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Home > Press > Toyohashi Tech eNewsletter: graphene, bacteria, hard electronics, and pH imaging

Abstract:
Toyohashi Tech eNewsletter: From the invention of the pH imaging microscope to synthesis of graphene using bacteria to hard electronics, the Toyohashi Tech e-Newsletter describes a diverse range of research activities being undertaken by faculty at the Toyohashi University of Technology.

Toyohashi Tech eNewsletter: graphene, bacteria, hard electronics, and pH imaging

Toyohashi, Japan | Posted on March 22nd, 2012

This week Toyohashi Tech publishes the March 2012 issue of the e-Newsletter. The issue includes ‘Research Highlights' — easy-to-understand summaries of some of the top papers from researchers at the university — as well as news and views from one of Japan's most dynamic science and technology based universities.

In this issue's Research Highlights

www.tut.ac.jp/english/newsletter/research_highlights/index.html

Scientists produce graphene using microorganisms

www.tut.ac.jp/english/newsletter/research_highlights/research02.html

Here the Graphene Research Group at Toyohashi Tech report on the synthesis of graphene by reducing graphene oxide using microorganisms extracted from a local river.

Multimodal pH sensor: Fusion of heterogeneous biochemical information

www.tut.ac.jp/english/newsletter/research_highlights/research03.html

In this study, Hirokazu Nakazawa and colleagues describe a multimodal bio-image sensor that can render images of the two-dimensional distribution of proton concentration (pH) and fluorescence intensity for multimodal analyses of biochemical objects.

Graphene: Potential for modelling cell membrane systems

www.tut.ac.jp/english/newsletter/research_highlights/research04.html

Ryugo Tero and his colleagues in the Graphene Research Group at Toyohashi University of Technology have established a new procedure to fabricate artificial planar lipid membranes on graphene oxide (GO) and reduced graphene oxide (r-GO) as a means of detecting biomolecules such as lipids and proteins on and inside lipid bilayers.

Hard electronics: Hall magnetic field sensors for high temperatures and harmful radiation environments

www.tut.ac.jp/english/newsletter/research_highlights/research04.html

Toyohashi Tech researchers have fabricated Hall effect magnetic field sensors operable at least 400oC and in extreme radiation conditions using gallium nitride-based heterostructures a with two-dimensional electron gas.

In this issue's ‘Tech-Overtures' Tech Overtures: The Toyohashi Tech pH image sensor

www.tut.ac.jp/english/newsletter/tech_overtures/index.html

The pH image sensor was invented by Kazuaki Sawada of Toyohashi University of Technology. The device enables two dimensional visualization of both the pH and optical imaging of chemical activity of solutions and cell activity.

Other features of the Toyohashi Tech e-Newsletter include:

The invention and possibilities of the pH microscope

Kazuaki Sawada is the head of the Toyohashi Tech Venture Business Laboratory (VBL) and inventor of the ‘pH image sensor'. "We refer to the equipment housed in the VBL as the ‘LSI Factory', says Sawada. "The CMOS fabrication line housed in the LSI factory has been played a central role in the wide range of intelligent sensors and systems developed at Toyohashi Tech. We can start with an idea, design and produce masks, and then actually fabricate and test CMOS devices—we do not outsource any of these stages. The first CMOS chips for the pH image sensor were fabricated here."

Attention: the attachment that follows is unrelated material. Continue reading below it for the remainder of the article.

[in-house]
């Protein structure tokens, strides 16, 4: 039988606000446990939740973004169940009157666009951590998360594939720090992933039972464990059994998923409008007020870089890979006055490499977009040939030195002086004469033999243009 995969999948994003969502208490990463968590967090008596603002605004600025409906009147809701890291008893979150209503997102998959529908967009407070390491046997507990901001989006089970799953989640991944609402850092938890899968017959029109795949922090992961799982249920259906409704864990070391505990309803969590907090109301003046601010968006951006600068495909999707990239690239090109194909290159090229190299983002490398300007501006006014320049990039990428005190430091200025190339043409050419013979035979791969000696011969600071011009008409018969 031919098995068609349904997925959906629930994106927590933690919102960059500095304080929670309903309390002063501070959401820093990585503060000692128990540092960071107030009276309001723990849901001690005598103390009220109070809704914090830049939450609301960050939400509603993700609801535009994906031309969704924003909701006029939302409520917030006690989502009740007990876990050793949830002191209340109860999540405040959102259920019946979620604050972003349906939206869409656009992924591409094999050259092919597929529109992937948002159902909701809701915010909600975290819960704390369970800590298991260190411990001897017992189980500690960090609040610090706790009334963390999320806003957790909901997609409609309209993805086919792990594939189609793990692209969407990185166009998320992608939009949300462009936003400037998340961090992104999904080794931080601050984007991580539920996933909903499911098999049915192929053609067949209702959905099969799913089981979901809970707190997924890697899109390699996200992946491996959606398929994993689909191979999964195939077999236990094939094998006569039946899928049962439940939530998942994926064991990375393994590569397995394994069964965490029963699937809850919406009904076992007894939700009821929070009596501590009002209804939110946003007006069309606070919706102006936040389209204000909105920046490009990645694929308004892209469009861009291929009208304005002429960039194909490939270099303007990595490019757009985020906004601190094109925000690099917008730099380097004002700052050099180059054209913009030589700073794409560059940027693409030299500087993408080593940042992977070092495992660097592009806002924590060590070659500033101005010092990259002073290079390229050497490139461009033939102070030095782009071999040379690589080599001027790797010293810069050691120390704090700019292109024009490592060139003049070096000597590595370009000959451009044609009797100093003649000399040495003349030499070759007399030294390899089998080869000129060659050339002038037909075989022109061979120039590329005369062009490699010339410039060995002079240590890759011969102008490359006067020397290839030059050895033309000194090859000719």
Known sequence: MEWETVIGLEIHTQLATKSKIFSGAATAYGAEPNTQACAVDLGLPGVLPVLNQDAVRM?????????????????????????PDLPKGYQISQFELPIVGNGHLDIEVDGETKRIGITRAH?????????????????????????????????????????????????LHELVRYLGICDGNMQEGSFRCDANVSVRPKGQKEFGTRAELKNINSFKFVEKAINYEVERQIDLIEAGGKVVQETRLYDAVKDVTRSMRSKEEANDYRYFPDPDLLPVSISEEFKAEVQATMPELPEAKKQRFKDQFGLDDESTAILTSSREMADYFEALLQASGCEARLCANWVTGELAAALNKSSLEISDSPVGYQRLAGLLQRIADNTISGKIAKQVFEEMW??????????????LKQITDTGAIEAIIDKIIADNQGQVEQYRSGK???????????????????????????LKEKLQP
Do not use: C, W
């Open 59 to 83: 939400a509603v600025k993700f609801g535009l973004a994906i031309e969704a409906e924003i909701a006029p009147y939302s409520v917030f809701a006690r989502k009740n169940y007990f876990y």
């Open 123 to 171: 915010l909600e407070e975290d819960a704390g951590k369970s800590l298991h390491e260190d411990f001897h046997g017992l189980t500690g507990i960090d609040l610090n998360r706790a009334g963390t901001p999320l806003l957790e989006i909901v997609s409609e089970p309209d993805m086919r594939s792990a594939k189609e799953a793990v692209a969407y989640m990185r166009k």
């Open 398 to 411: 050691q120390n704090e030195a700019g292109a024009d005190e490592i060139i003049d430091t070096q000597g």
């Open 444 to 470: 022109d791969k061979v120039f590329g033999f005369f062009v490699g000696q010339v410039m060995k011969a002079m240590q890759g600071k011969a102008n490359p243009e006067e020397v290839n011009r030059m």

www.tut.ac.jp/english/newsletter/features/index.html

News, events and activities of the university including:

Toyohashi Tech Kendo Club: You must be frightened to win

Toyohashi Tech International students visit Kyoto

G-COE: Frontiers of Intelligent Sensing Symposium

Toyohashi Tech delegation participates in the Japan Education Fair in Vietnam

####

About Toyohashi University of Technology (Toyohashi Tech)
Founded in 1976, Toyohashi University of Technology is a vibrant modern institute with research activities reflecting the modern era of advanced electronics, engineering, and life sciences.

About the Electronics-Inspired Interdisciplinary Research Institute (EIIRIS):

EIIRIS is Toyohashi Tech’s new flagship research complex launched on 1st October 2010. "The aim of EIIRIS is to produce world-class innovative research," says President Yoshiyuki Sakaki. "To do this we are bringing together ambitious young researchers from diverse fields to collaborate on pioneering new frontiers in science such as brain/neuro-electronics as well as tackling some of the major issues mankind faces today: issues such as environmental changes and aging societies."

Website: www.eiiris.tut.ac.jp/index.html

For more information, please click here

Contacts:
Ms. Junko Sugaya and
Mr. Masashi Yamaguchi
International Affairs Division
TEL: (+81) 0532-44-2042; FAX: (+81)0532-44-6557

Copyright © Toyohashi University of Technology (Toyohashi Tech)

If you have a comment, please Contact us.

Issuers of news releases, not 7th Wave, Inc. or Nanotechnology Now, are solely responsible for the accuracy of the content.

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